58-year-old Abhijit Vinayak Banerjee was educated at the University of Calcutta, Jawaharlal Nehru University and Harvard University, where he received his PhD in 1988. He is currently the Ford Foundation International Professor of Economics at the Massachusetts Institute of Technology. In 2003 he founded the Abdul Latif Jameel Poverty Action Lab (J-PAL), along with Esther Duflo and Sendhil Mullainathan, and he remains one of the lab’s directors.
Banerjee is a past president of the Bureau for the Research in the Economic Analysis of Development, a Research Associate of the NBER, a CEPR research fellow, International Research Fellow of the Kiel Institute, a fellow of the American Academy of Arts and Sciences and the Econometric Society, and has been a Guggenheim Fellow and an Alfred P. Sloan Fellow and a winner of the Infosys Prize.
He is the author of a large number of articles and four books, including Poor Economics which won the Goldman Sachs Business Book of the Year. He is the editor of three more books and has directed two documentary films. He also served on the U.N. Secretary-General’s High-level Panel of Eminent Persons on the Post-2015 Development Agenda.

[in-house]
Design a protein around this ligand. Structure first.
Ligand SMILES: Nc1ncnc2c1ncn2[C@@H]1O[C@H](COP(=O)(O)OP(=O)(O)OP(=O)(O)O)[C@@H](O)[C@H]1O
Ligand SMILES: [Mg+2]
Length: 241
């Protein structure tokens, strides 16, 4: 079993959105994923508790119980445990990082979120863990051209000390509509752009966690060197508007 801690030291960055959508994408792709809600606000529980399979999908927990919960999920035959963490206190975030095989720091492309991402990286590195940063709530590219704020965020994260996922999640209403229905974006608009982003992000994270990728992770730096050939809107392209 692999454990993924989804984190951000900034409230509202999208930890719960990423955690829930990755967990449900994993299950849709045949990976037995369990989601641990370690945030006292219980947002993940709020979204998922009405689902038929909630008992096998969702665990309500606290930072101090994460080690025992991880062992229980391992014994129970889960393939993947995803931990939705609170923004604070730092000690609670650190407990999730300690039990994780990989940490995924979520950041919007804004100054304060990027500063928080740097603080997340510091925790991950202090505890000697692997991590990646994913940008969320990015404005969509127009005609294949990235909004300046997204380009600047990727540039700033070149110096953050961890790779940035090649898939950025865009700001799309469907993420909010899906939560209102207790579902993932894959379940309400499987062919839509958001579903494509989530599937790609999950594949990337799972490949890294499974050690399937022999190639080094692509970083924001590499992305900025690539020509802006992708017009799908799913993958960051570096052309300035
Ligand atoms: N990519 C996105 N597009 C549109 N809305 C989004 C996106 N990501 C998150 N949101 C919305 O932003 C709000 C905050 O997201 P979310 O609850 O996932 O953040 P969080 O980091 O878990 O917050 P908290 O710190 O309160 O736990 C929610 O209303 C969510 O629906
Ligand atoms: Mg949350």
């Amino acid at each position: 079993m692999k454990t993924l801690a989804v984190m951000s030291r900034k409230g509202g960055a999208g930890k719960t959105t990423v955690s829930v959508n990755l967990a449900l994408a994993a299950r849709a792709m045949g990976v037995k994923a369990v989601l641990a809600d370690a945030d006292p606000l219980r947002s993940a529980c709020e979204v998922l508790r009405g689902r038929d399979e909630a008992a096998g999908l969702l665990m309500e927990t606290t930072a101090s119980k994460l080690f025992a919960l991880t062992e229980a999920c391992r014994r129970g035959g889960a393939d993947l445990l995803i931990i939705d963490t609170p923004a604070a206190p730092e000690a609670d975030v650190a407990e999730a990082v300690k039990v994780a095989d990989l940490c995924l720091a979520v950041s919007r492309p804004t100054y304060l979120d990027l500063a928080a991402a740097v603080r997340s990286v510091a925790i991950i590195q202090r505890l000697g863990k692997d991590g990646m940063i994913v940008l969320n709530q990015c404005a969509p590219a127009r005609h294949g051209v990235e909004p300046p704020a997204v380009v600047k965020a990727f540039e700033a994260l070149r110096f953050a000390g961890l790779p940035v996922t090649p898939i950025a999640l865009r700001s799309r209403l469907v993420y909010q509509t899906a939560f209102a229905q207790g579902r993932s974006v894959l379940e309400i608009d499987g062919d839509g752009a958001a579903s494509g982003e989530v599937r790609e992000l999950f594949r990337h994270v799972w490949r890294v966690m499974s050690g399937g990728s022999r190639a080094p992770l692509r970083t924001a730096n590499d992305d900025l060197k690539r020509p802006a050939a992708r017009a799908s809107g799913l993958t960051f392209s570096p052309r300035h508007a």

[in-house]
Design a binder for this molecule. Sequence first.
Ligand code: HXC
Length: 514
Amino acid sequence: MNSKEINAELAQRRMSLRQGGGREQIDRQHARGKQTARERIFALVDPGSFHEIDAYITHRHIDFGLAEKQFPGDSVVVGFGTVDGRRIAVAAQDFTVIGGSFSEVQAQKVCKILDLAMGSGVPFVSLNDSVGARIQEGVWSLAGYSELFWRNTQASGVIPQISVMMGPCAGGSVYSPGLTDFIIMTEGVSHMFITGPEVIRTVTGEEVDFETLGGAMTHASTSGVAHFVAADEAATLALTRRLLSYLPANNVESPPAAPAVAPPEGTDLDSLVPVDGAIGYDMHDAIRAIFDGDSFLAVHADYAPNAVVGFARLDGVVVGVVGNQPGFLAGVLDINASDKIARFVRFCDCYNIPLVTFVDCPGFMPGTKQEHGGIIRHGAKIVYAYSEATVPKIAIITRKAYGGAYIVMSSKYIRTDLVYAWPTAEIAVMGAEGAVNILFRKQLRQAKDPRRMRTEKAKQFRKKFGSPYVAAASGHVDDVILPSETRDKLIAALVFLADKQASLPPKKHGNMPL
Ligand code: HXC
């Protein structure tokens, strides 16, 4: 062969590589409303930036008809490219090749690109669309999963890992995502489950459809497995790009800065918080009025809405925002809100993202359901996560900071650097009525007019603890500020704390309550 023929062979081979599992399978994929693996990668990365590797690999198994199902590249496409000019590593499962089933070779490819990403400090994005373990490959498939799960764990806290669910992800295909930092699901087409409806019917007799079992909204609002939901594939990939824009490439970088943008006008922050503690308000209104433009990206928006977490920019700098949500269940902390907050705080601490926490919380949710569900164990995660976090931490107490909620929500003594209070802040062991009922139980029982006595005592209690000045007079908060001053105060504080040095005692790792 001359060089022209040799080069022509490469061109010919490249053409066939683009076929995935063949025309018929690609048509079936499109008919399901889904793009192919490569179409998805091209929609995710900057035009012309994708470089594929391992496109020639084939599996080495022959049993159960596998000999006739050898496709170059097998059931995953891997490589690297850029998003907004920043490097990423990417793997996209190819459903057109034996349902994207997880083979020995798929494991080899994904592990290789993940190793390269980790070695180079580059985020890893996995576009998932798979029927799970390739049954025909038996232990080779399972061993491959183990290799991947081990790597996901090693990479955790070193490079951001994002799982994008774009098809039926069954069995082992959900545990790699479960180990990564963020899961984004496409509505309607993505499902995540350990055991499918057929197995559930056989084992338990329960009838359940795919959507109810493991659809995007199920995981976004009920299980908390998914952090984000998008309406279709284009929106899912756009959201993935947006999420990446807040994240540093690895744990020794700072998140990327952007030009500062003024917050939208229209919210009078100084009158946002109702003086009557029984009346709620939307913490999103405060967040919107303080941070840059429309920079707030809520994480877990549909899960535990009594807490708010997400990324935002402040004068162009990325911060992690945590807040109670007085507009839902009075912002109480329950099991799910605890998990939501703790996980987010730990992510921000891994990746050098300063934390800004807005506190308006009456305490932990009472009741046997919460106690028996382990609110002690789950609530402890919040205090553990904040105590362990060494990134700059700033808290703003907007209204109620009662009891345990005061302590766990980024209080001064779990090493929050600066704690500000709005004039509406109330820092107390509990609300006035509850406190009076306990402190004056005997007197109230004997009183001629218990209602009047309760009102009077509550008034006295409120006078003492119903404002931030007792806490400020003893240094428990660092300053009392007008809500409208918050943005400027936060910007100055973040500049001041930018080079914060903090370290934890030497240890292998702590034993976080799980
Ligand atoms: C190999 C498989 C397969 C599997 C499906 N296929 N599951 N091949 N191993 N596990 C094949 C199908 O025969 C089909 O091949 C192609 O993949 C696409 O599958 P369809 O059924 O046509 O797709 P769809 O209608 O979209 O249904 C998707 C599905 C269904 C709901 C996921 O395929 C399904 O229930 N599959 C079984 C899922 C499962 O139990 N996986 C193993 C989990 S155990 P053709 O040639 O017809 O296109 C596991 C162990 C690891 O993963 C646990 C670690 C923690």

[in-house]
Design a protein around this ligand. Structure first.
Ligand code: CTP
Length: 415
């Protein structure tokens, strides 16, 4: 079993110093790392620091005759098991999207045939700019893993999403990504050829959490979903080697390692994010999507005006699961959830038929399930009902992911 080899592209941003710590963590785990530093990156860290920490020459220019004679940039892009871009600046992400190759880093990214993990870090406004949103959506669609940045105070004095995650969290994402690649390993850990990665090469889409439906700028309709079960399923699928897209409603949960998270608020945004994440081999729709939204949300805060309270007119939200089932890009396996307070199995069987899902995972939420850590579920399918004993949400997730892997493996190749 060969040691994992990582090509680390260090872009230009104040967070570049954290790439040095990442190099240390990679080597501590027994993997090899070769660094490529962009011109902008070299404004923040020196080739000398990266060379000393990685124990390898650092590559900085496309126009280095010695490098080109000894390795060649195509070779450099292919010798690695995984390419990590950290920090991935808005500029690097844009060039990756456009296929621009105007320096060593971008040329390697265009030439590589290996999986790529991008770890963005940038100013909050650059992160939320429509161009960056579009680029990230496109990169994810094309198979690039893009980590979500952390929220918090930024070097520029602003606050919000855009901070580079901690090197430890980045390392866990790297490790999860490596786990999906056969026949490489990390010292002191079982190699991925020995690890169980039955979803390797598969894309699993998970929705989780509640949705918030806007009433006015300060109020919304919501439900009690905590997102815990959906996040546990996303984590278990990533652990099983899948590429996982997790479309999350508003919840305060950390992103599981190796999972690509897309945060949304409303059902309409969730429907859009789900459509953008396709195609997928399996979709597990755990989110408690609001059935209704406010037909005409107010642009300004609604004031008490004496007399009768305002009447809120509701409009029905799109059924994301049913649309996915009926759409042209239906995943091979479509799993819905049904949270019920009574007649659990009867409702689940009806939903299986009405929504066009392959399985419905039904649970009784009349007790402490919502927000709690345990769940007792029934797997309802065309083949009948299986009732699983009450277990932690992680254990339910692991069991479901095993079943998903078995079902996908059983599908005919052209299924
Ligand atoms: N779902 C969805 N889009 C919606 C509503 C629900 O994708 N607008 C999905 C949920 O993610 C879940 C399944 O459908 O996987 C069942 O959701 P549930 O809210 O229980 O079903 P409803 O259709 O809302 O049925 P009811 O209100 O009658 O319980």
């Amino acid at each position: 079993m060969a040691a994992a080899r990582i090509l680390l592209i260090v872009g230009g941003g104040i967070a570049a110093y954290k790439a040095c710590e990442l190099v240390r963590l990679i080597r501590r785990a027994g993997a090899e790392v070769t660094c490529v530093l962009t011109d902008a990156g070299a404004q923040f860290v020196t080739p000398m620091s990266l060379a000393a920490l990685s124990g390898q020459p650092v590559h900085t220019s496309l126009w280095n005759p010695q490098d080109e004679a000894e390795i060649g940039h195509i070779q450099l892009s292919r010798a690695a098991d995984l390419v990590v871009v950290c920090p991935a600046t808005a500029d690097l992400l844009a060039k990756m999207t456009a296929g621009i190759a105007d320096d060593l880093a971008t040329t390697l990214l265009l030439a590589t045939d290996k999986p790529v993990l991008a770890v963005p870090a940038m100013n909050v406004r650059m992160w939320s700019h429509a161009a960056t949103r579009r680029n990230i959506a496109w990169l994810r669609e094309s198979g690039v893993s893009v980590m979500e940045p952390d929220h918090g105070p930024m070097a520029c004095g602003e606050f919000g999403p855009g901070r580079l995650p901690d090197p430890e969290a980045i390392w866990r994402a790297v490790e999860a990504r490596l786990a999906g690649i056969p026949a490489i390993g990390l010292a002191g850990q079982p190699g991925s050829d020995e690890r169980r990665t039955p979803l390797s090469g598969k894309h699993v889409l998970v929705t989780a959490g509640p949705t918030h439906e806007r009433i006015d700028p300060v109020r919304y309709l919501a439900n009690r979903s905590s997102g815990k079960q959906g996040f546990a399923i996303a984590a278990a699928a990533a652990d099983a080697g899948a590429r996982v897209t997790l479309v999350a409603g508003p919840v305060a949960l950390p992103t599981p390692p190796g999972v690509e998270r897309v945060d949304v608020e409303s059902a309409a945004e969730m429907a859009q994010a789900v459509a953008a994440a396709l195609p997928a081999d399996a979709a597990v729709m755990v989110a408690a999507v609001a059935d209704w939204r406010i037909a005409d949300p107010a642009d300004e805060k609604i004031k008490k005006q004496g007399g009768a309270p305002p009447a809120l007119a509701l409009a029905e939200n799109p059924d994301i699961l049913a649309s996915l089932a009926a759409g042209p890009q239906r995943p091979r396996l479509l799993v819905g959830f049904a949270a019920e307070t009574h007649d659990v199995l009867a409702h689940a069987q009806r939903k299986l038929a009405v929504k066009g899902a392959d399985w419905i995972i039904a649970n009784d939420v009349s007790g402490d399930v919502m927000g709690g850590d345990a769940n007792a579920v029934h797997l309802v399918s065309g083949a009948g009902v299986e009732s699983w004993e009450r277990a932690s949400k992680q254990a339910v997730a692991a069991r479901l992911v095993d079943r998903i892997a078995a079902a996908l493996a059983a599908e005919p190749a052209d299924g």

The Nobel committee in a statement said the research conducted by this year’s laureates has considerably improved the ability to fight global poverty. In just two decades, their new experiment-based approach has transformed development economics, which is now a flourishing field of research.
The President, the Vice President and the Prime Minister have extended their congratulations to Abhijeet Banerjee, Esther Duflo and Michael Kremer on winning the Nobel Prize in Economics for their experimental approach to alleviating global poverty.
In his message, President Ram Nath Kovind said their research has helped economists better understand how to fight poverty in India and the world. Vice President Venkaiah Naidu said he is sure that Banerjee’s experimental approach to alleviating global poverty will help the world community to understand and address the formidable challenge of poverty.